Report: Arizona’s Colorado River water supply will hold steady next year: “Arizona’s water supply from the Colorado River will remain consistent into next year. That’s good news in the eyes of state water managers. Under the drought contingency plan hammered out by Colorado River Basin states last year, Arizona agreed to voluntarily reduce its water use by 192,000 acre-feet, or about 7%, leaving that water in Lake Mead to help reduce the likelihood of greater cutbacks down the road. Tom Buschatzke, director of the Arizona Department of Water Resources, says data from a new Bureau of Reclamation report show that plan is working. ... ” Read more from Arizona Public Media here: Report: Arizona’s Colorado River water supply will hold steady next year
USBR Forecasts “Tier Zero” Shortage On Colorado River: “The U.S. Bureau of Reclamation released its projections for the Colorado River’s water supply for the next two years. Spring and summer inflow to Lake Powell is expected to be 78 percent of average, due to dry conditions last fall. Lake Mead is projected to fall into “Tier Zero” conditions for 2021 and 2022. … ” Read more from KNAU here: USBR Forecasts “Tier Zero” Shortage On Colorado River
New Colorado River Basin climate & hydrology report may be most valuable ever: “When 40 million people and some of the most fruitful croplands in the world rely heavily on a single source of water, it seems only natural to want to know as much as possible about the source. How will climate and hydrologic conditions, for example, affect the future productivity of that source? What are the trends? What can we expect in the near-term future? In the long run? How effective have forecasting models been? And how might we improve them? And, similarly, how can we best leverage our knowledge about the past – all the climate and hydrologic data we have collected over the years – to improve our capacity to anticipate the future? ... ” Read more from the Arizona Department of Water Resources here: New Colorado River Basin climate & hydrology report may be most valuable ever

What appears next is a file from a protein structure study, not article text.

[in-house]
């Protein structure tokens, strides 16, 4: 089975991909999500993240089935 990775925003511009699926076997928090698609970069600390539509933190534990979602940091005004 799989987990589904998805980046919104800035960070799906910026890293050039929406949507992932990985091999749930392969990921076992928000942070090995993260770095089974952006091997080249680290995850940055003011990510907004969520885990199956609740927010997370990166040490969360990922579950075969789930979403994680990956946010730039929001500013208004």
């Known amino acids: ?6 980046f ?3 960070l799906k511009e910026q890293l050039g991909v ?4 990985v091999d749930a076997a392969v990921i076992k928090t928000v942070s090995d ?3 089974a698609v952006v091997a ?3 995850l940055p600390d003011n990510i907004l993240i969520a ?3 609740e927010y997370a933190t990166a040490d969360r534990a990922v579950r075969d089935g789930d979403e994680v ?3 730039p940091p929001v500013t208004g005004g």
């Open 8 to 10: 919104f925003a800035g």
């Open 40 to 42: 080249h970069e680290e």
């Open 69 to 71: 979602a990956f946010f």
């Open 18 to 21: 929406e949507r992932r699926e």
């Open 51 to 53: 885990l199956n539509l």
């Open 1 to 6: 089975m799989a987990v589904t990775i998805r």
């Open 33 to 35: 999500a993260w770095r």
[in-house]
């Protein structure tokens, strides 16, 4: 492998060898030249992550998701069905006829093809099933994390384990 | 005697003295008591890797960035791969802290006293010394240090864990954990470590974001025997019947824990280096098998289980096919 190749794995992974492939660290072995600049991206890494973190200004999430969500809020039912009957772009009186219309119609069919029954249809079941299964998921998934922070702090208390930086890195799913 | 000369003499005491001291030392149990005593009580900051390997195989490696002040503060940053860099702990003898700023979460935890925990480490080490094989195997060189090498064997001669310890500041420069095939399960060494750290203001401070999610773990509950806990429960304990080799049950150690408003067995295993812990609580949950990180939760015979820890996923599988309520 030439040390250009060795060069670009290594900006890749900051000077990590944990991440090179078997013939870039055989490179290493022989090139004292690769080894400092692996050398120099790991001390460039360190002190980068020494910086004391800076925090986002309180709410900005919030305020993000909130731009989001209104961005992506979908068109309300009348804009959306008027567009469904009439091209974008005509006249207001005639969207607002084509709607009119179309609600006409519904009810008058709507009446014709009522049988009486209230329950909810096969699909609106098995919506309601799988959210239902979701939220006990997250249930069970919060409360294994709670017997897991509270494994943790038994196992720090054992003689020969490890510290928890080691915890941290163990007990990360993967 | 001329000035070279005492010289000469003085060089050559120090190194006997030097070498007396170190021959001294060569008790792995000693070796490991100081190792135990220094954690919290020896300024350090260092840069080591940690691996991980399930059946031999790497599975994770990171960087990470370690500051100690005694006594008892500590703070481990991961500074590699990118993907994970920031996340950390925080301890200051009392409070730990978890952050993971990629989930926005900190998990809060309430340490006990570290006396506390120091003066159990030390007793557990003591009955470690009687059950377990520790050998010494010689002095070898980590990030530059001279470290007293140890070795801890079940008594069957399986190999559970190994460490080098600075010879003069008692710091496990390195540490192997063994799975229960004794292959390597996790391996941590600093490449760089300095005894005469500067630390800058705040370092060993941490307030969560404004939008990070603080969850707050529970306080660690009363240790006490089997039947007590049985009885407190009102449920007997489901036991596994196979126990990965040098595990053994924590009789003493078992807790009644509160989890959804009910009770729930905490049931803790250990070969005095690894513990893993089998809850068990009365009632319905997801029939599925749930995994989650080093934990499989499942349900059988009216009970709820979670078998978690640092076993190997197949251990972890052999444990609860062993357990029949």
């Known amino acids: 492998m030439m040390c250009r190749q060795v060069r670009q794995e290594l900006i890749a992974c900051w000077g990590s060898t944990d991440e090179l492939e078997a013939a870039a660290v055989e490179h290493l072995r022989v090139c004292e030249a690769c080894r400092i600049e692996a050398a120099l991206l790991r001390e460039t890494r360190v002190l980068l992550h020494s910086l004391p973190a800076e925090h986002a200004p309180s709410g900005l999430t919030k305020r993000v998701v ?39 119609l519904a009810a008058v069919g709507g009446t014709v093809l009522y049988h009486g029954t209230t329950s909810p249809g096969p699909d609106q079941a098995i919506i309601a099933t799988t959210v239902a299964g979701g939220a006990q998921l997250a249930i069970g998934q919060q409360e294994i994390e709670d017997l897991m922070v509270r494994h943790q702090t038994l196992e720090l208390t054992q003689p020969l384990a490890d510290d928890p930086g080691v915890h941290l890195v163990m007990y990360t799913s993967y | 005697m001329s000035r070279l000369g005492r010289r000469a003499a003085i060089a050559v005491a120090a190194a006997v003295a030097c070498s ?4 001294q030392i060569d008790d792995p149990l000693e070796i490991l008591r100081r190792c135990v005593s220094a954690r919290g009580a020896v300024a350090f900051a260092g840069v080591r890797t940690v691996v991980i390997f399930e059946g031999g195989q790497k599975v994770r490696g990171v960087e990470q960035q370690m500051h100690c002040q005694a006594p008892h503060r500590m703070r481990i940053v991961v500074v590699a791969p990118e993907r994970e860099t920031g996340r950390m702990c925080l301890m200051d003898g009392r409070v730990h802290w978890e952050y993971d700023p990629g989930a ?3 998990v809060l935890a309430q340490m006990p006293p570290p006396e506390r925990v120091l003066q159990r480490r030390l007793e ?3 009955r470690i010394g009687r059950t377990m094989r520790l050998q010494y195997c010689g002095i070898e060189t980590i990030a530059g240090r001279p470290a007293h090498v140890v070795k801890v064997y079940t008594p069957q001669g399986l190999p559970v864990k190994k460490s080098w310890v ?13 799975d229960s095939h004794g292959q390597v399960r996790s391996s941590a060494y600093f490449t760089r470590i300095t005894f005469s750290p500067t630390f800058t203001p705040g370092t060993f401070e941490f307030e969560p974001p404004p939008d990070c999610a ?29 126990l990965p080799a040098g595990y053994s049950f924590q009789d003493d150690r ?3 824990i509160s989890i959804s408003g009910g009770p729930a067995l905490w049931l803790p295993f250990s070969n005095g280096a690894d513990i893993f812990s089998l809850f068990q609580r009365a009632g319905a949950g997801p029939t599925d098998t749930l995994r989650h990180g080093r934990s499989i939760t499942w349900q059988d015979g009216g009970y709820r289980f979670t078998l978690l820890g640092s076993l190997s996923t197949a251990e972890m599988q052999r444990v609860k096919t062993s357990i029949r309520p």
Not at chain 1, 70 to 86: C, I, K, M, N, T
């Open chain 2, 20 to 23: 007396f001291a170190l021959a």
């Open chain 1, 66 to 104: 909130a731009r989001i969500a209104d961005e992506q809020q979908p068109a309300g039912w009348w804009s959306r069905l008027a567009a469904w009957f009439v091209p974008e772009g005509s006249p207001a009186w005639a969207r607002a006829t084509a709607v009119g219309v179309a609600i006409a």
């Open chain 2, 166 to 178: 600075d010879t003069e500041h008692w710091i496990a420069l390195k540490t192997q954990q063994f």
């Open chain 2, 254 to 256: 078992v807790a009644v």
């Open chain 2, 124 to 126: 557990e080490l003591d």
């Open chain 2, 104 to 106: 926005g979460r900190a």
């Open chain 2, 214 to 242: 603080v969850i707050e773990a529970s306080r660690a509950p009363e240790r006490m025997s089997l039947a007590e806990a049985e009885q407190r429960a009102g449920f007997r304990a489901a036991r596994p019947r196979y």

Colorado: It’s official: This is Boulder’s snowiest season on record: “There has been 145.9 inches of snowfall in Boulder this season (and counting) – meaning it’s one for the record books. The National Weather Service said with the addition of Thursday’s snowstorm, this is officially Boulder’s snowiest season on record. That breaks a more than 100-year-old record. The previous snowiest season was 1908-09, when 142.9 inches of snow fell in Boulder. … ” Read more from Channel 9 here: Colorado: It’s official: This is Boulder’s snowiest season on record
Take a quick trip over Bassi Falls: The FISHBIO Drone takes you to beautiful Bassi Falls in El Dorado County, California. Bassi Falls is over 100 feet and water running down Bassi Falls is generated by snowmelt runoff. The best time to see this scenic site is in the spring (late April through May).
Image credit: Along the Parkfield-Coalinga Road, Photo by Maven, April 2012.
About the Daily Digest: The Daily Digest is a collection of selected news articles, commentaries and editorials appearing in the mainstream press. Items are generally selected to follow the focus of the Notebook blog. The Daily Digest is published every weekday with a weekend edition posting on Sundays.